Like idk man, now that I think about it, it’s weird that I keep returning to a Mean Girls rip-off every Christmas. Maybe I can just save myself an hour and 27 minutes and just watch the video for "thank u, next" instead.
6. 'Christmas Wedding Planner'
Lily Van der Woodsen (Kelly Rutherford) is in this, as well as NYSNC’s very own Joey Fatone!
Two weird things about Christmas Wedding Planner, and spoilers if you can’t predict the “curve balls” of this genre. 1. Titular Christmas wedding planner Kelsey annoyingly (and weirdly) narrates the story with text messages sent to her dead mom, because of course there’s a dead mom. And 2. Kelsey also falls in love with her cousin Emily’s ex-boyfriend, but said cousin is totes cool with it. Even after Emily’s (wait for it!) cheating unpleasant fiancé ruins her wedding day, and Kelsey and the ex-boyfriend GET MARRIED IN HER STEAD.
Dude, I would’ve burned that church to the ground.
7. 'Merry Kissmas'
Minus 20 points for the deeply unpleasant fiancé in this. I know holiday movies are chock full of unpleasant fiancés — you know, the oh-so-wrong S.O. that steps out of the picture no later than act two. However, the fiancé in Merry Kissmas (ugh) is uniquely appalling. With his shellacked facial hair and his unintelligible accent, you can’t wait for him to be kicked to the curb so the core couple can blandly fall in love. Minus another 30 points because I spent too much time trying to figure out if this story is in San Francisco or Palo Alto, neither of which is particularly Christmas-y.
8. 'Christmas with a View'
Confession: I have no idea what this movie is about. My roommate did a Merry Kissmas/Christmas with a View double feature and by hour four of our B-movie holiday I wanted to die.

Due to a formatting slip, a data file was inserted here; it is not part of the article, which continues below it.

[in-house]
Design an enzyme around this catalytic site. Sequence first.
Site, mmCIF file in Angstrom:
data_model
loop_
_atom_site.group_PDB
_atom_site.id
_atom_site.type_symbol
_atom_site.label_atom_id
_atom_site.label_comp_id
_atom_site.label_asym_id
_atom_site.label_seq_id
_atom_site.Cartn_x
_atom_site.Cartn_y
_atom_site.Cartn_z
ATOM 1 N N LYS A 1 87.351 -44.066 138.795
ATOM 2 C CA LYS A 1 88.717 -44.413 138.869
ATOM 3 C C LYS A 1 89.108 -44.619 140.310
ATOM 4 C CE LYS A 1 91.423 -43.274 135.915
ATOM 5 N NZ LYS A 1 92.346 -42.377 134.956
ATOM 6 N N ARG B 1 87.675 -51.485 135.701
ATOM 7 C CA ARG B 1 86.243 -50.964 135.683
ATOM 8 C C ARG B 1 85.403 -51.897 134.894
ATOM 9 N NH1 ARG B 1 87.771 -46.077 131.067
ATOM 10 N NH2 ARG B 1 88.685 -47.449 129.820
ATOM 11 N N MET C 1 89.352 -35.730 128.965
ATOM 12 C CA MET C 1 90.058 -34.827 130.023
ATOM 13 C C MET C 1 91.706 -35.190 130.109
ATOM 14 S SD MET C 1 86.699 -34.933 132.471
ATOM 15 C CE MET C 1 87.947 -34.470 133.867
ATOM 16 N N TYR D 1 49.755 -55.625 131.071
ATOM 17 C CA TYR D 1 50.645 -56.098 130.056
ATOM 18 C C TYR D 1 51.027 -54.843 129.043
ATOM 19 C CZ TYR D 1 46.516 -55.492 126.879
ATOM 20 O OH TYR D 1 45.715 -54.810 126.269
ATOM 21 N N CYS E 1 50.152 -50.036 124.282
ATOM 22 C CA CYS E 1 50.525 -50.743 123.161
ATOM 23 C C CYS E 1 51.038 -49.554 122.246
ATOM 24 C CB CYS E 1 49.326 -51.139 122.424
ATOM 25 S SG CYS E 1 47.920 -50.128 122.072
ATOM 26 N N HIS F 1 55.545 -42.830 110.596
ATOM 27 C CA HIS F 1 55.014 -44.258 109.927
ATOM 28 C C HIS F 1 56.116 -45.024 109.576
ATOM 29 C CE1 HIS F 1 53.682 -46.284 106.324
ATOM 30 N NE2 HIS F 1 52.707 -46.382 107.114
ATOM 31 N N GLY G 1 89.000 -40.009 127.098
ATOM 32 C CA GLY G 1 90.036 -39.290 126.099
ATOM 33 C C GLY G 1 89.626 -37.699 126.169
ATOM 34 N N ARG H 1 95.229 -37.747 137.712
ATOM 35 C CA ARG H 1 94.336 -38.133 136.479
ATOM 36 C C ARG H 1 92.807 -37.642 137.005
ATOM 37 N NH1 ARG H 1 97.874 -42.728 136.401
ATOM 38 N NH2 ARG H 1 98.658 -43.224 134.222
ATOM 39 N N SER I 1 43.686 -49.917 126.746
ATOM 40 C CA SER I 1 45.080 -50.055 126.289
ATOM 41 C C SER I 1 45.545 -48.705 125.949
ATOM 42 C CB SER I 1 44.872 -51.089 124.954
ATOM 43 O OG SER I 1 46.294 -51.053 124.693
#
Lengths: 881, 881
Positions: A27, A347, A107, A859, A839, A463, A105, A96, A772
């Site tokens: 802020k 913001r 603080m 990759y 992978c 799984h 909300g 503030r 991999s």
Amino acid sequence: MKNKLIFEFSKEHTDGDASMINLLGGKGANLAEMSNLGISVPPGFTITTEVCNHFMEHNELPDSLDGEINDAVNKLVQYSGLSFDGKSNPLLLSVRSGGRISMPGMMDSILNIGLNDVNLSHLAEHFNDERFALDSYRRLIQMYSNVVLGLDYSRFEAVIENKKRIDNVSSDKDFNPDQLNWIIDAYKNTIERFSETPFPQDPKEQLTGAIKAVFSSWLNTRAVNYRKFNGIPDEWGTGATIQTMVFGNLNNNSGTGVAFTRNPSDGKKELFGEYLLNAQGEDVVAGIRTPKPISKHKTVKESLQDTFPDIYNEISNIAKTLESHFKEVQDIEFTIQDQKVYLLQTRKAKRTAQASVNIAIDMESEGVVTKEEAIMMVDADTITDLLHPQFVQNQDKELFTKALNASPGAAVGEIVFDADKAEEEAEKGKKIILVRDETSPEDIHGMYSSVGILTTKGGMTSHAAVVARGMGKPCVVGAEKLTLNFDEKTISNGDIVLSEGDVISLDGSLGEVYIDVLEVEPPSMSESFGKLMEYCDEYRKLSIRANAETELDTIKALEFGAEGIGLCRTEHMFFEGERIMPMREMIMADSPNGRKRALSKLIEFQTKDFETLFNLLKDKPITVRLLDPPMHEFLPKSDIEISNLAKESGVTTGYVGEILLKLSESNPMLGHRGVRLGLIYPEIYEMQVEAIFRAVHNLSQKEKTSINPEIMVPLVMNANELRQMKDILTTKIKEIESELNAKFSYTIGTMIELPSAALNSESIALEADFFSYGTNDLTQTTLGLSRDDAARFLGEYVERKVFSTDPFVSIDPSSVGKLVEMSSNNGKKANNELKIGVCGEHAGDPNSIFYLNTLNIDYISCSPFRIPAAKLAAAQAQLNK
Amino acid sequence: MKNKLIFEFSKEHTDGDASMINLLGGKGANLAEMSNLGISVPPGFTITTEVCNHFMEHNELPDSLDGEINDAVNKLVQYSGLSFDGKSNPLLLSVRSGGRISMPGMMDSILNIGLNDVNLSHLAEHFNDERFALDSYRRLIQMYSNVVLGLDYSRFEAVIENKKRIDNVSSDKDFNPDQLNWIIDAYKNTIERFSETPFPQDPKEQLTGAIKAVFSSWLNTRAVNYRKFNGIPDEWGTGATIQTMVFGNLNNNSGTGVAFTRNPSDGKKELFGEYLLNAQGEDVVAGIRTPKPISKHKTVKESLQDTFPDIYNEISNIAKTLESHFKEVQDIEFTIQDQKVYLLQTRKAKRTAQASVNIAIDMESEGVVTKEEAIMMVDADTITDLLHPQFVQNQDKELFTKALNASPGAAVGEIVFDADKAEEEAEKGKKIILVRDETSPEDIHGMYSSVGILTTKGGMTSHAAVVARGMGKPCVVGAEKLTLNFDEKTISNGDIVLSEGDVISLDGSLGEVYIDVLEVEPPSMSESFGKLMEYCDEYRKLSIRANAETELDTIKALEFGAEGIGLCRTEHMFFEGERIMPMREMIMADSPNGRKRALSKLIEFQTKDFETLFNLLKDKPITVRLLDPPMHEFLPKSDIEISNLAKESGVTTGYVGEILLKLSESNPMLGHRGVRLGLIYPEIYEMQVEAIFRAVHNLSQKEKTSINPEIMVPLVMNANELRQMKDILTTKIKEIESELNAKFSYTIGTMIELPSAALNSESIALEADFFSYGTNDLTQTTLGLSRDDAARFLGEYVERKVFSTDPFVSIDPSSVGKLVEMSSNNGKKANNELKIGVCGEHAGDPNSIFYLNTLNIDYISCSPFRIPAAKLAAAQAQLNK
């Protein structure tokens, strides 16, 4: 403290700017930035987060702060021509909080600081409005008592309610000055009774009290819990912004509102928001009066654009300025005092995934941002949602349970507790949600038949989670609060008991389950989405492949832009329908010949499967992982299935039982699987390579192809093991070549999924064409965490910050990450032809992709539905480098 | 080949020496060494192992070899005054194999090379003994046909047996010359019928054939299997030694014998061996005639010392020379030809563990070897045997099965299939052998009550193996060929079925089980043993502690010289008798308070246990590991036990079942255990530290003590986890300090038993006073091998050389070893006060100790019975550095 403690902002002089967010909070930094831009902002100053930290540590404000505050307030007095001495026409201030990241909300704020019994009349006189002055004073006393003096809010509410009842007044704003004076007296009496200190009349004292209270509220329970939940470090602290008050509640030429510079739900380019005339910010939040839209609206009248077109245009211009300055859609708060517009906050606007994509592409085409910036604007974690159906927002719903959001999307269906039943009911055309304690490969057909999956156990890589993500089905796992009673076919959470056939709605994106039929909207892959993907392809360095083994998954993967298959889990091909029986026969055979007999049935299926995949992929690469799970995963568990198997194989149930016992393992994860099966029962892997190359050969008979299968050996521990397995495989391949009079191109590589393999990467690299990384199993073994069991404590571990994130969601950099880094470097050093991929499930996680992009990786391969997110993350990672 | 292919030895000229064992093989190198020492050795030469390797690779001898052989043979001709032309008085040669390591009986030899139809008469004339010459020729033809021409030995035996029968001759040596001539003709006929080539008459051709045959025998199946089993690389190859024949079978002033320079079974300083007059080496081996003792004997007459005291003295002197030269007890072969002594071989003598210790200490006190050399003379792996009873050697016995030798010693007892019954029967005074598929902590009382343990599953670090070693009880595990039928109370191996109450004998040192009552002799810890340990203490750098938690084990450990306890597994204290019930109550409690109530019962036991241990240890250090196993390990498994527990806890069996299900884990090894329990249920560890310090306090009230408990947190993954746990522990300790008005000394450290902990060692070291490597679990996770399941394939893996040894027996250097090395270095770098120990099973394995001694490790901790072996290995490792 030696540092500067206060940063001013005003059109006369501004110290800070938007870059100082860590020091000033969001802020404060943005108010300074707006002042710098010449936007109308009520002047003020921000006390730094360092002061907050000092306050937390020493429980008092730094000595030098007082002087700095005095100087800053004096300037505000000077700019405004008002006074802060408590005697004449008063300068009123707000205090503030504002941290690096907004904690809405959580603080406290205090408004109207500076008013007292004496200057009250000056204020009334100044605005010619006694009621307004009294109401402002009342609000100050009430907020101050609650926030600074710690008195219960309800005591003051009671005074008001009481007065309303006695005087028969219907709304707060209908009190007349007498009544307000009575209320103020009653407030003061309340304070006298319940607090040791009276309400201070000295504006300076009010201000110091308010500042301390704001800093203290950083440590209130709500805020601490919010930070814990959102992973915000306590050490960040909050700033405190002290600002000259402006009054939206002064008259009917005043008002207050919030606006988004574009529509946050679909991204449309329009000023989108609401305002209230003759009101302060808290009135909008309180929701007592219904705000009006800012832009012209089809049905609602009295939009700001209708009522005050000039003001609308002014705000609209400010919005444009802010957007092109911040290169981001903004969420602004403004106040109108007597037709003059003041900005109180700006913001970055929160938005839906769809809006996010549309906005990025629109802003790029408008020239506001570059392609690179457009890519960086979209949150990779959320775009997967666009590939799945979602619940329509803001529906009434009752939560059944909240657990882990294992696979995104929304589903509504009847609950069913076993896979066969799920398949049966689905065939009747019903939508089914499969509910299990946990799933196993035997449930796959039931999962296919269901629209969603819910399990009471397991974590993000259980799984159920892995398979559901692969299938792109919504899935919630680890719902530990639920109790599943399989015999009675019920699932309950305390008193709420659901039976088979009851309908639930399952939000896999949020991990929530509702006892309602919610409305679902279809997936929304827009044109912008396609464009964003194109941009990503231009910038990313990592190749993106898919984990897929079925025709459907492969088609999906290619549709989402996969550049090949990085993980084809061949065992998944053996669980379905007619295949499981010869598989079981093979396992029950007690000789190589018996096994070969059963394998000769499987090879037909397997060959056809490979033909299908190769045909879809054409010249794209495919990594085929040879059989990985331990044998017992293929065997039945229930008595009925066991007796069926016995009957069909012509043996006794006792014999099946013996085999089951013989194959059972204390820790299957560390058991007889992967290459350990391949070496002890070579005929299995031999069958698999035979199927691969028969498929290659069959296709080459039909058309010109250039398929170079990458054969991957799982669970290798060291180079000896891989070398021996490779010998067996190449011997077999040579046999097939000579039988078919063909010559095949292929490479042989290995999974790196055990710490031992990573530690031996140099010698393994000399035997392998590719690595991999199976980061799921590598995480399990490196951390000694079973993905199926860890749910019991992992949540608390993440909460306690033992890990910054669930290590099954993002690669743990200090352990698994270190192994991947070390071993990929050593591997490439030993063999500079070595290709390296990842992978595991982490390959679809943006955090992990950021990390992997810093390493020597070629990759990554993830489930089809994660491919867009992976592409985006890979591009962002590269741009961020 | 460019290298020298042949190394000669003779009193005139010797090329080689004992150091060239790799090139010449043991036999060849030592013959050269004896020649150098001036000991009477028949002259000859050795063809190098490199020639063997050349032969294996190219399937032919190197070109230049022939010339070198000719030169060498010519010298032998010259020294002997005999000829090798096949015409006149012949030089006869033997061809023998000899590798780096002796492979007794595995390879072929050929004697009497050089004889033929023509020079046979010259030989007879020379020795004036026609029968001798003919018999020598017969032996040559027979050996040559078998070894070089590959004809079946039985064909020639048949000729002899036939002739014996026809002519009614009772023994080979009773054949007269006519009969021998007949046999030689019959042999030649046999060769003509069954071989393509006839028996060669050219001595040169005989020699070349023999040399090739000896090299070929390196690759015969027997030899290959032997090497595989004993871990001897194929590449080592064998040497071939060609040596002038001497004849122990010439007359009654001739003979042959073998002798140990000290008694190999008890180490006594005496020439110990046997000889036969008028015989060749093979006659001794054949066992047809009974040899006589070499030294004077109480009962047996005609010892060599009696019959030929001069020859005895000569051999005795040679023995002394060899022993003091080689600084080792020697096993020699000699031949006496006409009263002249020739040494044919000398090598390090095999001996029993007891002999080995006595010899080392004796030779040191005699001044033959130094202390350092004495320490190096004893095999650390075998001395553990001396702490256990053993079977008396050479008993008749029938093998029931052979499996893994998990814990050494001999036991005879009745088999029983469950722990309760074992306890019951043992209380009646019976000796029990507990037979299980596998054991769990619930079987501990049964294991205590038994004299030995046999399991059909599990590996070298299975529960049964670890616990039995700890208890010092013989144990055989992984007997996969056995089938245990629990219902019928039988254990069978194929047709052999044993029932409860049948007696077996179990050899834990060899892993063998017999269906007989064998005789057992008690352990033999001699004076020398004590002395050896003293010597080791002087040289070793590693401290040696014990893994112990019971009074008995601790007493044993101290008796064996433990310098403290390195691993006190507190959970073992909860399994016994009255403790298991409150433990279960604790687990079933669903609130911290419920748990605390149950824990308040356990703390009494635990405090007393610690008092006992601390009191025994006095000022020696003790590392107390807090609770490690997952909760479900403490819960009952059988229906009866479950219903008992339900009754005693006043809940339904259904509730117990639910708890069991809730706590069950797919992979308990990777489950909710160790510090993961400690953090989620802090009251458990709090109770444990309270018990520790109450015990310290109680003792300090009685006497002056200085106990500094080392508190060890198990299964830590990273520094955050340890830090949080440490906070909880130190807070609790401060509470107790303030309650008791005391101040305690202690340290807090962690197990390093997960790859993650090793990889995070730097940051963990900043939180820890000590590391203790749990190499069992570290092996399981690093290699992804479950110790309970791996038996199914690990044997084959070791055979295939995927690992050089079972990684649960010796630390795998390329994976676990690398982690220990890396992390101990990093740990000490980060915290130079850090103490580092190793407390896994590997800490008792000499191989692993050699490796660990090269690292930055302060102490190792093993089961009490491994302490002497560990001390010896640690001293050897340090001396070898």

Pictured above is the one sparkling gem in this garbage pile, unanimously declared the sexiest guy in this and all Christmas movies. His name is Clive, he’s a city planner, he says approximately six words the entire film and I want to marry him.
9. 'A Holiday Engagement'
I got 35 minutes into A Holiday Engagement before I fell asleep.
10. 'Spirit of Christmas'
This is Lifetime by way of Netflix, but we need to talk about this: The Spirit of Christmas is about a literal spirit of Christmas. That is, it focuses on Daniel, a 2018 Brooklyn bartender who is actually a ghost from the 1920s (which, in flashbacks, looks like it’s either the Victorian era or the 1950s)? The protagonist is sort of a stock auburn-haired career girl trying to sell the inn he’s haunting, I’m not going to Google her name but I CAN tell you that she passes up her big partnership in order to save her love interest's soul.
Sorry, this movie is just like...maybe bad-good on first watch, but mind-breaking the second time around. It’s really because whoever penned this has a Stephanie Meyeresque understanding of the supernatural. I’ve never met a ghost personally, but I’m pretty sure they’re not corporeal and can eat whenever the hell they want.
And when all curses are broken, will Daniel move on to the afterlife with his former fiancé and mother of his child? Or will he reject the threshold and shack it up with the woman he’s known for two weeks?
No spoilers, but either way: that’s not how ghosts work.
11. 'Christmas Switch'
It’s sort of amusing watching Vanessa Hudgens as Lady Chanel Tweed Suit channel Grace Kelly and trip over the word “schedule.” She really does the best she can with this material. Still, god bless you if you expect any twists from a movie that’s basically "The Prince and the Pauper, but make it festive!"